So what could possibly relate the popular 90’s TV sitcom Friends with a new migraine procedure? The connection may be a couple of degrees removed but it’s there, we promise! One of the major stars of the show was actress, Lisa Kudrow. It seems migraines and headaches chronically plagued her family. Lisa suffered with migraines growing up while her father, a headache specialist, battled his own cluster headaches. So when her dad together with her brother, a neurologist, conducted research and found that lidocaine proved to be a helpful migraine treatment, it was a family affair! Their story was reported several years ago on Health Central. The Kudrow research study was published during 1995 in the journal Headache.
Now to the tie-in with some recent research: A recent study yielding preliminary results (not yet published in a peer reviewed journal) out of the Albany Medical Center in New York, found that a simple lidocaine migraine procedure helped mitigate acute migraine symptoms. The procedure involved inserting a thin tube into the nasal cavity and delivering a dose of the anesthetic to a bundle of nerves called ‘sphenopalatine ganglion’ which are part of the trigeminal nerve and believed to play a role in headache pain. The 112 subjects in the study were either diagnosed with cluster type chronic headaches that occur in cycles, or a migraine condition. The study was reported on CBS News.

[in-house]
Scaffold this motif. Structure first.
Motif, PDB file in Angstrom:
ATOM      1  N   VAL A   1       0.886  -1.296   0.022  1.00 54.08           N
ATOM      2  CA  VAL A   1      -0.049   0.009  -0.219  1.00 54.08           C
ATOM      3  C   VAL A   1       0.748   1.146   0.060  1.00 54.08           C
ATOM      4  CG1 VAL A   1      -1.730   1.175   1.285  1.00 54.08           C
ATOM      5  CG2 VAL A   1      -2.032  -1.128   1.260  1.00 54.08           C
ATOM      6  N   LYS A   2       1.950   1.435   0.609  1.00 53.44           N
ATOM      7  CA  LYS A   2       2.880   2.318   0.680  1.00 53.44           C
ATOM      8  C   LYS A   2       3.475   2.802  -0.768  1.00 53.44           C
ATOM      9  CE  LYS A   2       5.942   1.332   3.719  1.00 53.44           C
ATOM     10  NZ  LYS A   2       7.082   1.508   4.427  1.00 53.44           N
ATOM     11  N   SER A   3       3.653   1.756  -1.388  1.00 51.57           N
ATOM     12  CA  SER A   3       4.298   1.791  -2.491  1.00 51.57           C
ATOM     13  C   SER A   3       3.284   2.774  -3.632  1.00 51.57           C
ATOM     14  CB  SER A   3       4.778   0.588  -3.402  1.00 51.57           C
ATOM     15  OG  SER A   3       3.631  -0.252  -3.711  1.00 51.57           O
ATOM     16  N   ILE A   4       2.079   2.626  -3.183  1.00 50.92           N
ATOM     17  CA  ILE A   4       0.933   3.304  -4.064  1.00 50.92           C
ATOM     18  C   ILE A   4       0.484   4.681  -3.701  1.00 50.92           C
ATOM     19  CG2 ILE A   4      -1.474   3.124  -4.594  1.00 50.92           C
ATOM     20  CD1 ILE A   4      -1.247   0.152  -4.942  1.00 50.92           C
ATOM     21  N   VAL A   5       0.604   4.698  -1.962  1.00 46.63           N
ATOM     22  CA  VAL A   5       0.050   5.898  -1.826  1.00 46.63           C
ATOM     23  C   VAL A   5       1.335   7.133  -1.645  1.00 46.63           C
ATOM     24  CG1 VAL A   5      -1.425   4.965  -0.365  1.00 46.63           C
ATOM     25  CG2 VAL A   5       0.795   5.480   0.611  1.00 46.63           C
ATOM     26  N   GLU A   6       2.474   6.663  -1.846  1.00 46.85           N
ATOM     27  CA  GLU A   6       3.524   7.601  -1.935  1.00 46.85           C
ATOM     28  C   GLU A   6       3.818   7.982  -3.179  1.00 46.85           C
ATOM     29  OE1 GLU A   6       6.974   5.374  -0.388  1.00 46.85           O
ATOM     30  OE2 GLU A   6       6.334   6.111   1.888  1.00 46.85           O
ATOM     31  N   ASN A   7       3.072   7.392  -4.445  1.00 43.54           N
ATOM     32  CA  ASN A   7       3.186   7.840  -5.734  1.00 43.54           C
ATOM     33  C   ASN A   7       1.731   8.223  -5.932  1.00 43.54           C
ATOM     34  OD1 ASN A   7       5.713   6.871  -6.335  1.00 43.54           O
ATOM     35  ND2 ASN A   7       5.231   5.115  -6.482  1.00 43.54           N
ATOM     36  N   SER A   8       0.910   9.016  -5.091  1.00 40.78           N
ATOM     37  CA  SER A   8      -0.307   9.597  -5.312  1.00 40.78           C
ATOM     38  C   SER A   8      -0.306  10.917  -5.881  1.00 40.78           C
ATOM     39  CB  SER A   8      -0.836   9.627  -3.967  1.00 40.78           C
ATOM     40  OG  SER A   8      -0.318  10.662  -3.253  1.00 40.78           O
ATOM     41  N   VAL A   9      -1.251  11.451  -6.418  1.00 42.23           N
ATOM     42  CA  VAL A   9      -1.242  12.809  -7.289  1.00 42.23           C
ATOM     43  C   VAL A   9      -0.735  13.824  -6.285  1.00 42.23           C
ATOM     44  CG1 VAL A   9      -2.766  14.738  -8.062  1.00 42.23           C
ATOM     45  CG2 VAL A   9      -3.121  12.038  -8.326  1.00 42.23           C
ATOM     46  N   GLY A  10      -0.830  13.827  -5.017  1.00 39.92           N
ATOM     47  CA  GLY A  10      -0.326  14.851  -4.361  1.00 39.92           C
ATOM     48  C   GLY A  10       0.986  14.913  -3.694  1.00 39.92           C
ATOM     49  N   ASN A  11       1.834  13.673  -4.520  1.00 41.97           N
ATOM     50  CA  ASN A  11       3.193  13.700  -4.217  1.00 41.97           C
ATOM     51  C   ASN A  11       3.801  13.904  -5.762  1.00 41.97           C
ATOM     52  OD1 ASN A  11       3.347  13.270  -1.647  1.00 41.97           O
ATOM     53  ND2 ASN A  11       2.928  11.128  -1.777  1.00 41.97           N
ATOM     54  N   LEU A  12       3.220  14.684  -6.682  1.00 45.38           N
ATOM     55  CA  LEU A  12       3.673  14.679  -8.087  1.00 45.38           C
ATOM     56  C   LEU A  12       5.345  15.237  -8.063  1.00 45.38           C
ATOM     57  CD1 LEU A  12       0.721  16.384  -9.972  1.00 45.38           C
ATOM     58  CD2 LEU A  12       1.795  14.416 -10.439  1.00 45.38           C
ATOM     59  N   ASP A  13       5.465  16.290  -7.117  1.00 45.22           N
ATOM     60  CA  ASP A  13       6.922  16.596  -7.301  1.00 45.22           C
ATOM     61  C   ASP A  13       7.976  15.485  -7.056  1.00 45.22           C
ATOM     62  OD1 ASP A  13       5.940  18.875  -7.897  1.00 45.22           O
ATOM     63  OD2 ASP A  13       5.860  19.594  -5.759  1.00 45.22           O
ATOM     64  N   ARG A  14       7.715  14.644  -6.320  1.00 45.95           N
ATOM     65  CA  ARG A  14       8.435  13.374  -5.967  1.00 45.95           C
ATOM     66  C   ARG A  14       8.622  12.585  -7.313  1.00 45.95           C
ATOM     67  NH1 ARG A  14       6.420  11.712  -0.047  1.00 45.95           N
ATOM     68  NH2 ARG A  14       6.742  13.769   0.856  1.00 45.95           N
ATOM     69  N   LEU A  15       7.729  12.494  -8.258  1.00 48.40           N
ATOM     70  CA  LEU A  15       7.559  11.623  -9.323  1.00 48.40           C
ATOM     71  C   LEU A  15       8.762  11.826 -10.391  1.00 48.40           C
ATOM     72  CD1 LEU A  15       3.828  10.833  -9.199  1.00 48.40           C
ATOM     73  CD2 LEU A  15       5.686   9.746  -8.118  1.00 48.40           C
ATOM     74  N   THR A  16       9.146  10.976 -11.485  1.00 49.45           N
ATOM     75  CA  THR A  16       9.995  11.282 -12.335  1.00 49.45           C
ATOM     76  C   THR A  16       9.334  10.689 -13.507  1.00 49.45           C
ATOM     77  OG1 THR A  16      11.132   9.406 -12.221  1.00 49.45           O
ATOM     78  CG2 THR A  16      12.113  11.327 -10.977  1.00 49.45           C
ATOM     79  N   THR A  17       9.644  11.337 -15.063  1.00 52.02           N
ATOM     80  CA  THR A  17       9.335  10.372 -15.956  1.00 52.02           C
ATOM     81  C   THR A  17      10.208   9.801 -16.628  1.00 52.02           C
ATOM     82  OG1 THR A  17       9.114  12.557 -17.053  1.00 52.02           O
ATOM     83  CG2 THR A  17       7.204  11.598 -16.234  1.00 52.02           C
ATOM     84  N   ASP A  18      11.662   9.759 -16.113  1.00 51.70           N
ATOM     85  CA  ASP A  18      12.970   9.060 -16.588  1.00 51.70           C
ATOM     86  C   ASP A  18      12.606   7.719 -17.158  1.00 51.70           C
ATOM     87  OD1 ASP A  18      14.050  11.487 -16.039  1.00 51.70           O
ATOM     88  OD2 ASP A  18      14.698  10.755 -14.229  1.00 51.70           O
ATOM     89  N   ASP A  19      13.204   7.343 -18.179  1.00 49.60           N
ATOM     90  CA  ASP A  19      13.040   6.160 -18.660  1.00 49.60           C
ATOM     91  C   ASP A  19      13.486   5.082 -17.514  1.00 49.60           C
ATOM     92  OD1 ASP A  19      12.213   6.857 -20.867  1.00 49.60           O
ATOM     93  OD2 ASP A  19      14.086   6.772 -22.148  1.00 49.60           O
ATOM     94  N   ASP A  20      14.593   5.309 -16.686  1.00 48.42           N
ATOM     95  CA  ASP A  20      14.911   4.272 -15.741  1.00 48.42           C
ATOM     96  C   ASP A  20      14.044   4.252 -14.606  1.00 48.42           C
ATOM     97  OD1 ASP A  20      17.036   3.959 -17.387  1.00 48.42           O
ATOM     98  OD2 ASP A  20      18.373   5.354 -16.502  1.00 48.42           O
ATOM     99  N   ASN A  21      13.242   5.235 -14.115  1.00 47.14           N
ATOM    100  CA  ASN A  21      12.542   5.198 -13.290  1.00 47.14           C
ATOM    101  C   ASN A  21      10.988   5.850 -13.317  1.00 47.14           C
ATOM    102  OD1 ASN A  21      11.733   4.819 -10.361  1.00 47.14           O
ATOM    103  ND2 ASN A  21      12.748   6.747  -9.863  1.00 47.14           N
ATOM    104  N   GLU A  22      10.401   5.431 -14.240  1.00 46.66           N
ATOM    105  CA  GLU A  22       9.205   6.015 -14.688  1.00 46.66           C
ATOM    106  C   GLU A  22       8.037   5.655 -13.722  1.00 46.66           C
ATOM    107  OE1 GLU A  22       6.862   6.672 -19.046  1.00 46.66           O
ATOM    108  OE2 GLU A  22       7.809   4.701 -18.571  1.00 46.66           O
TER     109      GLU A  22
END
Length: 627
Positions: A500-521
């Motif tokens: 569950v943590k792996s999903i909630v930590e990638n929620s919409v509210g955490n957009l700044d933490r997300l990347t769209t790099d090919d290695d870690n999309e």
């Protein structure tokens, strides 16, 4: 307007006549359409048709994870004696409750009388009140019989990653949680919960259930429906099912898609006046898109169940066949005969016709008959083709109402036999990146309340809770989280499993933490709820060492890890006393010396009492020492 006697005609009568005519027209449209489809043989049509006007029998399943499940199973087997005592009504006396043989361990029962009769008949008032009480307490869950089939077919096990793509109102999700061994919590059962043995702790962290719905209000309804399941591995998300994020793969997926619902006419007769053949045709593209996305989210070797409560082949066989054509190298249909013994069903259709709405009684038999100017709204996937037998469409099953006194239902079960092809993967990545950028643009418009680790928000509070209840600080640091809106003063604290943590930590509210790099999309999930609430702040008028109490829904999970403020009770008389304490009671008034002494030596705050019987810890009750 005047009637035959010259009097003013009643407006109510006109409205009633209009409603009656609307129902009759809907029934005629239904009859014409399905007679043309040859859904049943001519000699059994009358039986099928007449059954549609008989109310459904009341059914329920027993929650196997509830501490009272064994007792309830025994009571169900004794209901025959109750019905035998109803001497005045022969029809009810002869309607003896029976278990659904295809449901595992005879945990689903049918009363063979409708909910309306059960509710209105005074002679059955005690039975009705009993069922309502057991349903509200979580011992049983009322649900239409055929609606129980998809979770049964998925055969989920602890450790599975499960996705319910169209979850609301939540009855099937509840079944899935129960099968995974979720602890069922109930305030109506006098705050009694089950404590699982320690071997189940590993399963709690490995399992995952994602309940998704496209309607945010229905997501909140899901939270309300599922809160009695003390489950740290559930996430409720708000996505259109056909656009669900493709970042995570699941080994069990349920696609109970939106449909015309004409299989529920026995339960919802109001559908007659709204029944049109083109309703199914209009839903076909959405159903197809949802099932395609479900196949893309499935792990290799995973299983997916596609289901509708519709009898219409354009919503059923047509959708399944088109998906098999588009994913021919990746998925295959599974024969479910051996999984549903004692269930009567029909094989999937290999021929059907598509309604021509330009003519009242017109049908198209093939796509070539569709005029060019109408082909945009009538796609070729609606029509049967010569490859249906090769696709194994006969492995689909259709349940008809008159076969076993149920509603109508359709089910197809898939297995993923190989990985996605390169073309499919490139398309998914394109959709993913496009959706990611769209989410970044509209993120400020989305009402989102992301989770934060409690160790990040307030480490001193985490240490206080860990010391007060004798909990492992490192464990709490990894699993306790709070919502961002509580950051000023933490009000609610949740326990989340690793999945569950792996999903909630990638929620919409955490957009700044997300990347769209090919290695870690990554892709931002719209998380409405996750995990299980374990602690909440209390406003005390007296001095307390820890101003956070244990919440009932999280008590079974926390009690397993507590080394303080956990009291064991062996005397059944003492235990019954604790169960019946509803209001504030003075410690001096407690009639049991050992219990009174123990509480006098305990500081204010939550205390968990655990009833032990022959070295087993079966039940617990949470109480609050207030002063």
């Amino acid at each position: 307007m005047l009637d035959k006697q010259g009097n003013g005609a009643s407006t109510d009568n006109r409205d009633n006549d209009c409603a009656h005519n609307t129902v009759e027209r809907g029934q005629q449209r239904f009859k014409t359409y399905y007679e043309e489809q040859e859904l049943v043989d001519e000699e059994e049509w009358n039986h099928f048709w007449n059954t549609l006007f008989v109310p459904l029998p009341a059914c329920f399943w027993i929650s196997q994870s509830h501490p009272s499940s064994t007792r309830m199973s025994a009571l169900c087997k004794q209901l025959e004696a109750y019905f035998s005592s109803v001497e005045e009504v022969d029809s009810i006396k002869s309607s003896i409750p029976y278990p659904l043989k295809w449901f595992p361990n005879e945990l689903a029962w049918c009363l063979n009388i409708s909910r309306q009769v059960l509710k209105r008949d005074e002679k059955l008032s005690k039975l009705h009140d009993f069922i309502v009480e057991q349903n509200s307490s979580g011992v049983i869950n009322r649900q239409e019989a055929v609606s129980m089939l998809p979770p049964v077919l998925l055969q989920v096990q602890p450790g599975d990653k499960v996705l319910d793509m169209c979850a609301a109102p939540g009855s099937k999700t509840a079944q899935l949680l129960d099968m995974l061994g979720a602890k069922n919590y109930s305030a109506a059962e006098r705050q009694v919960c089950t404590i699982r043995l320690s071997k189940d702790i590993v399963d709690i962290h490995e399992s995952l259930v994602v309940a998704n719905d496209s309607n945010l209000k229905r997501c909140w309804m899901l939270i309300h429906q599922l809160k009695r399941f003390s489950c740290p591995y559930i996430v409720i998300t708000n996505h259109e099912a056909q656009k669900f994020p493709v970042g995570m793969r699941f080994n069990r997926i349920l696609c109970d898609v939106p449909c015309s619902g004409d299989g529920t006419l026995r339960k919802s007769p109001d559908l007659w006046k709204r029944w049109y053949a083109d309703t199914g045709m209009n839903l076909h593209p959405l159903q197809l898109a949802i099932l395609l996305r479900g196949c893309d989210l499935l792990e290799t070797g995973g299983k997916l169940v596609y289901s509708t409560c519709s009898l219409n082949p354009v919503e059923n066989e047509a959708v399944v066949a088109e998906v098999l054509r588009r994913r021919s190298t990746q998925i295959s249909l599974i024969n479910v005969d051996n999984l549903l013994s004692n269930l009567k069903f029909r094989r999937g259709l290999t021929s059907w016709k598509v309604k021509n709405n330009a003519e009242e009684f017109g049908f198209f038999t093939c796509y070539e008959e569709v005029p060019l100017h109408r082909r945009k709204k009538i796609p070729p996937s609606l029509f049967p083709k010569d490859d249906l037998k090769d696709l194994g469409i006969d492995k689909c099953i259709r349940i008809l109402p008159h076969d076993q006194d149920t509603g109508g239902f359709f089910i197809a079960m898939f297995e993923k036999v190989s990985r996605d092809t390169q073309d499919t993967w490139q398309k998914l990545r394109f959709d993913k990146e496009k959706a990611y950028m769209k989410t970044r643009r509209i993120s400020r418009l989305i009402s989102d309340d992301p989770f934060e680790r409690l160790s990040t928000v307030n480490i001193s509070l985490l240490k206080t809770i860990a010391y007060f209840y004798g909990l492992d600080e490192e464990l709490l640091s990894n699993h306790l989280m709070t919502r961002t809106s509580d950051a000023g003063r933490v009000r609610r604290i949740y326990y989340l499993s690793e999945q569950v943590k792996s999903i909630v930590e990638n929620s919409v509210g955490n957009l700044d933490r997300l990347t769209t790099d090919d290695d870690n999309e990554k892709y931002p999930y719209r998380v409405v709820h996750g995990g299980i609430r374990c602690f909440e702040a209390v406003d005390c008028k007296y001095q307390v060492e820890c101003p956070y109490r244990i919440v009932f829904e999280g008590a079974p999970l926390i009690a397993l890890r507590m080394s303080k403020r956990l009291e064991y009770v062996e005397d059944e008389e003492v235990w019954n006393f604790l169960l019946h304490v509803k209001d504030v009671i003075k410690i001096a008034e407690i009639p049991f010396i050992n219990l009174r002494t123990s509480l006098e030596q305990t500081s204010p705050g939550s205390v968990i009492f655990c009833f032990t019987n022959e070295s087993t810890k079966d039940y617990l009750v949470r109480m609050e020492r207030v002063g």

While the headache and migraine procedure proved to help 88 per cent of the subjects reduce their need for medication, it wasn’t successful for all of the patients. Another limitation was that the results were temporary and the treatment would have to recur in order to be effective. The Omega migraine procedure on the other hand, not only blocks pain signals with gentle electric pulses but is also a long lasting treatment. Migraine and chronic headache therapies that reduce the need for medication are beneficial because when patients depend on drugs, they can develop rebound headaches when stopping them.
According to the National Headache Foundation (NHF), lidocaine therapy is usually most effective for acute headaches, in which the onset of pain is sudden and doesn’t last very long. This type of pain is characteristic of cluster type headaches. For people whose chronic headaches are migraine type, this therapy is not as effective since symptoms can last even longer than a day. The NHF notes that repeating lidocaine treatment periodically can lead to adverse side effects and issues related to mental confusion and abnormal heart rhythm. Lidocaine can be an effective intravenous treatment in cases where other abortive medication for a severe migraine would take too long to work. The researchers are continuing to observe their subjects over the next several months to determine the longer-term outcome from this nasal lidocaine migraine procedure.